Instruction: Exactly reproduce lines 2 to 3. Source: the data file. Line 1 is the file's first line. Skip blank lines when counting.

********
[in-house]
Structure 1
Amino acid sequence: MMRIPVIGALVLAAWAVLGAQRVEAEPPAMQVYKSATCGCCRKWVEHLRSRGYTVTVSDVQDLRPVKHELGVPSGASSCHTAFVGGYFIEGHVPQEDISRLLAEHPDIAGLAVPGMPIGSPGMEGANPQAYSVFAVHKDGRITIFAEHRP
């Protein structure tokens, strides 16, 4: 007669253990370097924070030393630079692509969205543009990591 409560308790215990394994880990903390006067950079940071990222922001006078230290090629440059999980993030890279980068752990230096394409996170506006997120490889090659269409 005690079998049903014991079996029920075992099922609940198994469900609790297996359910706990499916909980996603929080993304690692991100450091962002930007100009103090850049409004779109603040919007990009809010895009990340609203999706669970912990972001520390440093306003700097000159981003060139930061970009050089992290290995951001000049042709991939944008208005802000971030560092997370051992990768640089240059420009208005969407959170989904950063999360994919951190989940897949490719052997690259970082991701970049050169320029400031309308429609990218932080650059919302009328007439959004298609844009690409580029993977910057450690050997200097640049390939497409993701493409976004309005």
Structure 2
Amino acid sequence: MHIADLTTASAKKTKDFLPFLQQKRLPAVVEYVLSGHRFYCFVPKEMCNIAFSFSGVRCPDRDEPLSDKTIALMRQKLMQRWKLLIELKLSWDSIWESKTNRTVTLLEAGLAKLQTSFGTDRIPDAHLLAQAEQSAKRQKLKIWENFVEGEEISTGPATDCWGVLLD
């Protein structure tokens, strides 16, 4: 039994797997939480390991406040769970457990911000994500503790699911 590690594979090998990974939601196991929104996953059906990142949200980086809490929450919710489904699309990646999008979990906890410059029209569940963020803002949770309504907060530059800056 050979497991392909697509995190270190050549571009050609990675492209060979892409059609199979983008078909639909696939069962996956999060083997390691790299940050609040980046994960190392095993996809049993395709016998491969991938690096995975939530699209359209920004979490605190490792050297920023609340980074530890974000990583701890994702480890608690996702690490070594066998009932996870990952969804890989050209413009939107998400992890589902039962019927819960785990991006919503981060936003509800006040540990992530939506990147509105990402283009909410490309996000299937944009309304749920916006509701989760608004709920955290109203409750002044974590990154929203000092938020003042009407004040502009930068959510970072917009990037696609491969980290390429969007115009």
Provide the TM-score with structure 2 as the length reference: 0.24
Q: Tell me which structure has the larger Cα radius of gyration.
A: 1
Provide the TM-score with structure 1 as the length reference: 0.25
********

Structure 1
Amino acid sequence: MMRIPVIGALVLAAWAVLGAQRVEAEPPAMQVYKSATCGCCRKWVEHLRSRGYTVTVSDVQDLRPVKHELGVPSGASSCHTAFVGGYFIEGHVPQEDISRLLAEHPDIAGLAVPGMPIGSPGMEGANPQAYSVFAVHKDGRITIFAEHRP